body{ text-shadow: 0px 0px 4px rgba(150, 150, 150, 1); }

15 Nov 2016

Mighty Baby “Live in the Attic” 1970 release 2001-2009 UK Psych Rock






Mighty Baby.“Live in the Attic” 1970 release 2001-2009 UK Psych Rock
full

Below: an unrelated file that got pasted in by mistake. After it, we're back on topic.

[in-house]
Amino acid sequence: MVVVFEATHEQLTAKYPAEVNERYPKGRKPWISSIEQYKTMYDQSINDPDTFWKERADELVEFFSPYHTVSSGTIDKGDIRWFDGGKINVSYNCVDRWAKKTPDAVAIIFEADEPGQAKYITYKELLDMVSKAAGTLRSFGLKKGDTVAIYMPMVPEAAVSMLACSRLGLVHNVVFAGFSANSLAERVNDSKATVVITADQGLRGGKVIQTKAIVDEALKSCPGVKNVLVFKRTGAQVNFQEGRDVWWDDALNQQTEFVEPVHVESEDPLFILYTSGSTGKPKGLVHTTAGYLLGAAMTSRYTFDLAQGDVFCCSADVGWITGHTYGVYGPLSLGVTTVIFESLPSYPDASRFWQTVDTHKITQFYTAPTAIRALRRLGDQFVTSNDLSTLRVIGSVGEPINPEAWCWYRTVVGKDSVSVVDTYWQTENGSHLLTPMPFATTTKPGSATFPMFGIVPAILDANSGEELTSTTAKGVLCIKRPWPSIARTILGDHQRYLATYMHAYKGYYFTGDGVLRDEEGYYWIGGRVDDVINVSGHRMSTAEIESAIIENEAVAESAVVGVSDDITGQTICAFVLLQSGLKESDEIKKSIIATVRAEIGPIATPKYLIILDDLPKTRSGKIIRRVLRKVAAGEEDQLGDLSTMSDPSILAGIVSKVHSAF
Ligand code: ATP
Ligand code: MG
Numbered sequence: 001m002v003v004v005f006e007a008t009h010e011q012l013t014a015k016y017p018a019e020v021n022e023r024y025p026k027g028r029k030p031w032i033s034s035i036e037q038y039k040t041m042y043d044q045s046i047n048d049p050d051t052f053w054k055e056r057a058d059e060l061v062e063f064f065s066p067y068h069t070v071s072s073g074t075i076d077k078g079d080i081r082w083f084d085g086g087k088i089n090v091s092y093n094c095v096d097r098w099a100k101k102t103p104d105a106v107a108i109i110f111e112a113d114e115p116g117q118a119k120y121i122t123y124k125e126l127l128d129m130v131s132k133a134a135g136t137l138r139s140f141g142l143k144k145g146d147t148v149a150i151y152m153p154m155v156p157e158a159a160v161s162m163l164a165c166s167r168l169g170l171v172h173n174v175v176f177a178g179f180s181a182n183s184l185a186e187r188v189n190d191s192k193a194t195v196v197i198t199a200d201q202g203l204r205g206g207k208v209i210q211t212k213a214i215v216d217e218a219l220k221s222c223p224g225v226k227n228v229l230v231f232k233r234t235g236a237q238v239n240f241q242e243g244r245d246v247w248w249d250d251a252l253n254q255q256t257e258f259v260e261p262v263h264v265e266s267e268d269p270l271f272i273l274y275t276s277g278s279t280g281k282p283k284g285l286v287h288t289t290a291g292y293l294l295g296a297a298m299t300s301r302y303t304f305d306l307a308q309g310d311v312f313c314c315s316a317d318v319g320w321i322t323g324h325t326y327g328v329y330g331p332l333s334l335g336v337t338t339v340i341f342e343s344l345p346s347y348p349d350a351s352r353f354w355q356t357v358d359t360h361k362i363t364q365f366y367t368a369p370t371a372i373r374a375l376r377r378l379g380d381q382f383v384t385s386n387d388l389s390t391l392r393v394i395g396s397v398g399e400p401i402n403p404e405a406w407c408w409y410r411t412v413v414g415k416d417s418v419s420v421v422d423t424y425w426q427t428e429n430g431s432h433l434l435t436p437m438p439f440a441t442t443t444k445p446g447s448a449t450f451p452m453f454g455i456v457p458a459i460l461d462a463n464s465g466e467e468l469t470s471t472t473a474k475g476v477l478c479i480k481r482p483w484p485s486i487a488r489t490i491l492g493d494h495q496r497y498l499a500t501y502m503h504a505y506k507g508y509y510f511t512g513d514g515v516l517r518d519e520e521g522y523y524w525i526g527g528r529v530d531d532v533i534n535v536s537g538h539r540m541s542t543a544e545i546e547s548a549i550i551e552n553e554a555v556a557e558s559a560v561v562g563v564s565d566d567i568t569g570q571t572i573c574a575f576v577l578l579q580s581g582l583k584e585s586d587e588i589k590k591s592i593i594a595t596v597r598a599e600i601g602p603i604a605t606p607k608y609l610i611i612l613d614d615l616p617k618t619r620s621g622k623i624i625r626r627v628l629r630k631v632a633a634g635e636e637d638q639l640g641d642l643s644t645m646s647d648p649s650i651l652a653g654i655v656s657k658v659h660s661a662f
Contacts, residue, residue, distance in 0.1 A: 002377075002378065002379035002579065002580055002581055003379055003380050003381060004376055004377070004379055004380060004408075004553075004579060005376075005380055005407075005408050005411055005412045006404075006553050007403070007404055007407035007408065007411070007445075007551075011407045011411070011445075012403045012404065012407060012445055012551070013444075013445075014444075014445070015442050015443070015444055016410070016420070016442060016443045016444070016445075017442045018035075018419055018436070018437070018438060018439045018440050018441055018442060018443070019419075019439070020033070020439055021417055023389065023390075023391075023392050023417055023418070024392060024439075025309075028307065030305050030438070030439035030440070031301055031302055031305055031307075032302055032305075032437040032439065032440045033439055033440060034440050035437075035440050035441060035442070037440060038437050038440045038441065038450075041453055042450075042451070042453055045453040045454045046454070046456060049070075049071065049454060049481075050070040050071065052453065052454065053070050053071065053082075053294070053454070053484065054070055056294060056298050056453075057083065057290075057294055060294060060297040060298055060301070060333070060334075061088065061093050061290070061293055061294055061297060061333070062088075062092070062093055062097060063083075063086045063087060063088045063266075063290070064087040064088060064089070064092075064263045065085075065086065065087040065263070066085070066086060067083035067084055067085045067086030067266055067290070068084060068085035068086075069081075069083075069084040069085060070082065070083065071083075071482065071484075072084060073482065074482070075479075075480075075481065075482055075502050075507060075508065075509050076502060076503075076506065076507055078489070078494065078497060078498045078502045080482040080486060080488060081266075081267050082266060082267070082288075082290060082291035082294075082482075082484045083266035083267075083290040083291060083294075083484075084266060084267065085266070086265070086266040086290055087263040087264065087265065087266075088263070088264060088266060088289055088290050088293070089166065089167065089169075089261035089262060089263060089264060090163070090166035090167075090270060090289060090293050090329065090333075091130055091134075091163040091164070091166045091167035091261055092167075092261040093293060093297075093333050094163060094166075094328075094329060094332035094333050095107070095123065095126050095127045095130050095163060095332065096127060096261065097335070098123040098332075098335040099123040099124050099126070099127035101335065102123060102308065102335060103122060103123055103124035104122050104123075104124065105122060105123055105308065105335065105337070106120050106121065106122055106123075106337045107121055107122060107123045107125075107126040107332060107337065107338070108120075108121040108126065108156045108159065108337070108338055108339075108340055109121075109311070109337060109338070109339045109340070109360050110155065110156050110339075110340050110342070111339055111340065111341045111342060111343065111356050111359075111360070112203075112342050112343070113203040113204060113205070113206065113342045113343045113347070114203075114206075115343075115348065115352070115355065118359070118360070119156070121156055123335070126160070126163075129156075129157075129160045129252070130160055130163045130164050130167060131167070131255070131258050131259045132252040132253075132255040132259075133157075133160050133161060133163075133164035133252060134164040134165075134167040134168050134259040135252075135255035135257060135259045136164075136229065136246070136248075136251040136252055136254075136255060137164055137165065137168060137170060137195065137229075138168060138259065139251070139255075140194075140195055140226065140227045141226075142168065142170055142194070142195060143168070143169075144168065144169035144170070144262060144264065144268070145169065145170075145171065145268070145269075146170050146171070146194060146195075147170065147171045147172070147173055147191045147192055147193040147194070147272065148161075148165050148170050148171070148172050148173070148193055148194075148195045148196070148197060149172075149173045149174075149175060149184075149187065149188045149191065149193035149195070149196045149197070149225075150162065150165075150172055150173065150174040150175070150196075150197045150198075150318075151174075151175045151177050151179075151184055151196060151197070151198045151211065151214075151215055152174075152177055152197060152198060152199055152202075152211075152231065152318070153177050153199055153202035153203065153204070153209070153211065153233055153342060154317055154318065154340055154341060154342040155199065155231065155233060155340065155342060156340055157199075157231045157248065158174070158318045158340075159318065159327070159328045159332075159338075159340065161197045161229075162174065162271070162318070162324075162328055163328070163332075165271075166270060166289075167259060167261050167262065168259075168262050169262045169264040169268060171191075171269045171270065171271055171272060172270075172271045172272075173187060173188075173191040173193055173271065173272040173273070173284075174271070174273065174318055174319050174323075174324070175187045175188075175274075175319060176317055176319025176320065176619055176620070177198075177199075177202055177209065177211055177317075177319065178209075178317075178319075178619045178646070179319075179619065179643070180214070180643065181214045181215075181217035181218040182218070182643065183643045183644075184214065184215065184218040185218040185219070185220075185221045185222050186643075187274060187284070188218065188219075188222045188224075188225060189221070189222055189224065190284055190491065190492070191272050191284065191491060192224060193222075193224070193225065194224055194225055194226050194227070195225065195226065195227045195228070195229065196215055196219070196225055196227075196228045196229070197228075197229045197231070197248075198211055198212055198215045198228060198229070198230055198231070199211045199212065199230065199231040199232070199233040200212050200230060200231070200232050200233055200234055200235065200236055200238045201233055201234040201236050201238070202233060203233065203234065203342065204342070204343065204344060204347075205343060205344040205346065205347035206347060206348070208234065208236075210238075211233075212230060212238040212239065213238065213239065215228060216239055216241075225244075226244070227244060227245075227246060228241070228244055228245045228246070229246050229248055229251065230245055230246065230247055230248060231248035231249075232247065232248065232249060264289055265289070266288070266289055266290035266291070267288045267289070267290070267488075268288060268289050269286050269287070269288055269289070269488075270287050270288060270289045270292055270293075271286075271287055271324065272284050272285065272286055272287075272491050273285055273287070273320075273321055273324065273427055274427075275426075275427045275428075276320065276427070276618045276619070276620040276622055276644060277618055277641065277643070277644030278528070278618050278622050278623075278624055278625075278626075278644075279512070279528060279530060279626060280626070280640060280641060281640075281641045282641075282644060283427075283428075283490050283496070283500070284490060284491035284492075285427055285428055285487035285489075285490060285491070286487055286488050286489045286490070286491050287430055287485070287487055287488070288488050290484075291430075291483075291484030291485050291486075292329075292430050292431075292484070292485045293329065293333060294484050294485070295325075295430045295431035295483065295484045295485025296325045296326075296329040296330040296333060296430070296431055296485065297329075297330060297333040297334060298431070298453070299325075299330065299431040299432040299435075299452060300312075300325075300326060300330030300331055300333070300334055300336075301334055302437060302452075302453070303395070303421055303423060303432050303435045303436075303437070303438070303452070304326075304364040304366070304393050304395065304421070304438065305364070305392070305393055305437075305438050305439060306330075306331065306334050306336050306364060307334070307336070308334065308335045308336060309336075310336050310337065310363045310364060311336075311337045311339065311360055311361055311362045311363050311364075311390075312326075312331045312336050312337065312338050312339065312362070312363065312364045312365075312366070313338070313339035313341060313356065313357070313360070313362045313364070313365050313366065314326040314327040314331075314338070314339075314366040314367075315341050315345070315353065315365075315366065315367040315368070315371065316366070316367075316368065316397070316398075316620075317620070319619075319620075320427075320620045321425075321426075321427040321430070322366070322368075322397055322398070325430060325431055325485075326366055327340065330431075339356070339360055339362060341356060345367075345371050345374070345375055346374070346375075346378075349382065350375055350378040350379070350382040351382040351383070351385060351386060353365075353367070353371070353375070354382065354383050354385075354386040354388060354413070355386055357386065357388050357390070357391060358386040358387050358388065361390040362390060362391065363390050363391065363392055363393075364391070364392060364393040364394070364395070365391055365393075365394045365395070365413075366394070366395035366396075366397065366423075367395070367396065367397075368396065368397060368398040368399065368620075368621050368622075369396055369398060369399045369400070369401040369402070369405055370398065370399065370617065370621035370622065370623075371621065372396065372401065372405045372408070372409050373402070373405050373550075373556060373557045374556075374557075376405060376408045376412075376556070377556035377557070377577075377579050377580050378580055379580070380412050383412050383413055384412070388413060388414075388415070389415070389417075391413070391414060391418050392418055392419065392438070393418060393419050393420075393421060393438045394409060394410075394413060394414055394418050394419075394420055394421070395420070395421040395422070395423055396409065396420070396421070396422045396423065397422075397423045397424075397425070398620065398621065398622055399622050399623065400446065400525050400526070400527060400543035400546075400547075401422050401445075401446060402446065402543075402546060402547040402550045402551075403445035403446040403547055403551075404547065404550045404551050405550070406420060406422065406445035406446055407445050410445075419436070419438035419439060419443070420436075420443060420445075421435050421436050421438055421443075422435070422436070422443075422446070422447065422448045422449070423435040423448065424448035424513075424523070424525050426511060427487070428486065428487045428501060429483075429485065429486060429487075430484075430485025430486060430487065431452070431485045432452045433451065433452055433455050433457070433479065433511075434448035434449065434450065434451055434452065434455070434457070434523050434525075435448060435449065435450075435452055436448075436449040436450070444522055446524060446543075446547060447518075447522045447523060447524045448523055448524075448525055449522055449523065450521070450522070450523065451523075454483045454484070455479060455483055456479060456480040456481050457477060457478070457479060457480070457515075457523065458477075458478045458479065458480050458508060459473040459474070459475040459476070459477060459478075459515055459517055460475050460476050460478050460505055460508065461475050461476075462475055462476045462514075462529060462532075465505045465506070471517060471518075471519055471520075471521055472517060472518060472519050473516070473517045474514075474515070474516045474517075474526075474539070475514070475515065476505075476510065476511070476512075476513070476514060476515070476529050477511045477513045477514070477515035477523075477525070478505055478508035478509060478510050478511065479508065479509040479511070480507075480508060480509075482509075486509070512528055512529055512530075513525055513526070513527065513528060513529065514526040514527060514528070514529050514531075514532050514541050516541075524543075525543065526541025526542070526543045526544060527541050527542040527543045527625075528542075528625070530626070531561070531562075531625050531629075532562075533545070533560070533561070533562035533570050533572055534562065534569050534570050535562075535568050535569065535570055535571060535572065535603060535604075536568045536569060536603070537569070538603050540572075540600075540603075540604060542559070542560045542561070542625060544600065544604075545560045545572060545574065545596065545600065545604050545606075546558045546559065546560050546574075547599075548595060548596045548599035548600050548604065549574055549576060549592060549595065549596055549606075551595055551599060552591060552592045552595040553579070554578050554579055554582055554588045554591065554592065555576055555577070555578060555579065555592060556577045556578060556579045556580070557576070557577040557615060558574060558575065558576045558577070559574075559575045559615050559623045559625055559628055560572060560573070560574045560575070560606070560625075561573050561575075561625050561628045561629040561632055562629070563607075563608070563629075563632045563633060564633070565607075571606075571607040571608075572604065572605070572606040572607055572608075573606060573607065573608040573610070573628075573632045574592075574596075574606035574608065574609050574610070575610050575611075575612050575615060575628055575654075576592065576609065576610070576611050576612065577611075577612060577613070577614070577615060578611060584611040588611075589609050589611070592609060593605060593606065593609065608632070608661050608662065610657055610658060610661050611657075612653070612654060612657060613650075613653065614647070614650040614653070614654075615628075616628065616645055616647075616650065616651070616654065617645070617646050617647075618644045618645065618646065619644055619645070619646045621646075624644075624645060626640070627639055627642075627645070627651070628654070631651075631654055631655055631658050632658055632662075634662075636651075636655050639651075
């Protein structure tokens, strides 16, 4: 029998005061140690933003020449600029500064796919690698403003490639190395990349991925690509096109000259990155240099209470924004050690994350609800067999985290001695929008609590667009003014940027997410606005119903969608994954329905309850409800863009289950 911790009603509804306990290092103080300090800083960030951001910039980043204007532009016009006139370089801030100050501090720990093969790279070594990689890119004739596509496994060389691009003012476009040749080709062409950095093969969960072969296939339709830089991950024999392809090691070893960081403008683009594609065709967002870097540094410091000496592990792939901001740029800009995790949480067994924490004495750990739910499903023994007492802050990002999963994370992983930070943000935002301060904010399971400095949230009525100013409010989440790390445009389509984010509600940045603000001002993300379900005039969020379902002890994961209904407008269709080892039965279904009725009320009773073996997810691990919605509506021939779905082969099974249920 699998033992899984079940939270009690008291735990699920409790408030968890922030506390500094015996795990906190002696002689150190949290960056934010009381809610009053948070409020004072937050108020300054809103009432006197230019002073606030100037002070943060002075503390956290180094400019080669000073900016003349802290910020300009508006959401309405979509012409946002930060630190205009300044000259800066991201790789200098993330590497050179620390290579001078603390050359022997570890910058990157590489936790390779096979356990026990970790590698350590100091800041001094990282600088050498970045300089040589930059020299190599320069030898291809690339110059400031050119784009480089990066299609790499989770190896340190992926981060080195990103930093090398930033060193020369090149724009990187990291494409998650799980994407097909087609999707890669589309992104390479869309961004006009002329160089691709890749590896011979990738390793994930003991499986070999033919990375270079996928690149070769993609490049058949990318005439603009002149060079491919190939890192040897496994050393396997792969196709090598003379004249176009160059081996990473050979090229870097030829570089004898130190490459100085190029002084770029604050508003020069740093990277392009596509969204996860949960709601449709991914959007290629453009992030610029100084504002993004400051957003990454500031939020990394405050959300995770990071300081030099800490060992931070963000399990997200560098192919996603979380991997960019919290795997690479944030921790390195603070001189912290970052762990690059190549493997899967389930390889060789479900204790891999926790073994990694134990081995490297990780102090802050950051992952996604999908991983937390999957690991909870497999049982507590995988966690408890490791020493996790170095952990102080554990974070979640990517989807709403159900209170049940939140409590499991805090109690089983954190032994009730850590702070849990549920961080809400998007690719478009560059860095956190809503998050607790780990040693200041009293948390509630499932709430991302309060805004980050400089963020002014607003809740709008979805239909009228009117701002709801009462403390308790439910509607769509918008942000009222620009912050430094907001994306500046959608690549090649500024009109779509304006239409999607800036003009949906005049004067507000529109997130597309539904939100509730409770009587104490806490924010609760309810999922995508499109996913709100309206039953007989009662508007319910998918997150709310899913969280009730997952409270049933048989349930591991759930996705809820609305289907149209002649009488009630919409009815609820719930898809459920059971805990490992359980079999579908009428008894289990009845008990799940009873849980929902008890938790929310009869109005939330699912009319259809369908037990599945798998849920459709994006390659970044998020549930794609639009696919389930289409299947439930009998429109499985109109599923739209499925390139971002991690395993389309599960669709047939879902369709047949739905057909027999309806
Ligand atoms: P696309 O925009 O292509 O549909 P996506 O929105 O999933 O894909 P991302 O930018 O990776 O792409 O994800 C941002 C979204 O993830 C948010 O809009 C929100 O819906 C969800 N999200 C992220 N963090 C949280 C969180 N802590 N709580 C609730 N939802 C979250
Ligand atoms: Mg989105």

Mighty Baby’s music wasn’t extremely similar to the Grateful Dead’s, but there are similarities in how their music is presented and received, albeit on a much, much smaller scale than the Dead’s. Much of Mighty Baby’s material was based around loose, semi-improvisational grooves combining numerous styles; their cult of fans, though far less numerous than the Dead’s, exhibits similar ardor for their heroes; and that passion simply doesn’t translate to many outside of the cult, who are a bit puzzled as to what the fuss is all about. All of the above applies to this extensive (63-minute) CD of previously unreleased material, recorded in 1970 between their two official LP releases. The first three tracks, in decent fidelity, are taken from a live gig in support of Love in March 1970, highlighted by the nearly 15-minute instrumental “Now You See It,” which fuses their love for John Coltrane’s Indian-influenced jazz with more rock-oriented instrumentation and rhythm. In contrast, the two other songs from that concert, “Stone Unhenged” (another instrumental) and “Sweet Mandarin” (which, like all of the songs on this disc, were not included on their pair of official LPs) are run-of-the-mill country-blues-rock – the kind of thing you could imagine an obscure local support band to the Grateful Dead playing in 1970, for instance. The remainder of the CD was cut in the studio soon after the March 1970 concert, and is devoted mostly to the four-part, 40-minute improvised instrumental “Now You Don’t.” This again draws from both the exotic jazz of Coltrane’s final years and the more straightforward power of psychedelic rock, and fairly impressively, rather in the way – as much as some Mighty Baby fans might find the comparison odd or inappropriate – Soft Machine did on their early-‘70s jazz-rock recordings. Closing the set is another cut from those studio sessions, the brief and seemingly incomplete “Winter Passes,” which heads off in another direction, its mellow early-'70s-styled rock with Crosby, Stills & Nash-ish harmonies gliding into an extended, laid-back, instrumental jazzy passage. The extended instrumental pieces far outdistance this CD’s vocal numbers in quality, and partly for that reason, on the whole the disc is erratic enough that it can’t be considered on a par with the albums Mighty Baby officially released at the time. But as none of the songs appear on these albums, and those instrumental numbers in particular show sides of the band not fully displayed on those LPs, this should be considered as a vital missing piece to the Mighty Baby discography by fans of the band, if not quite something that could be considered an actual fully developed, unreleased album. ……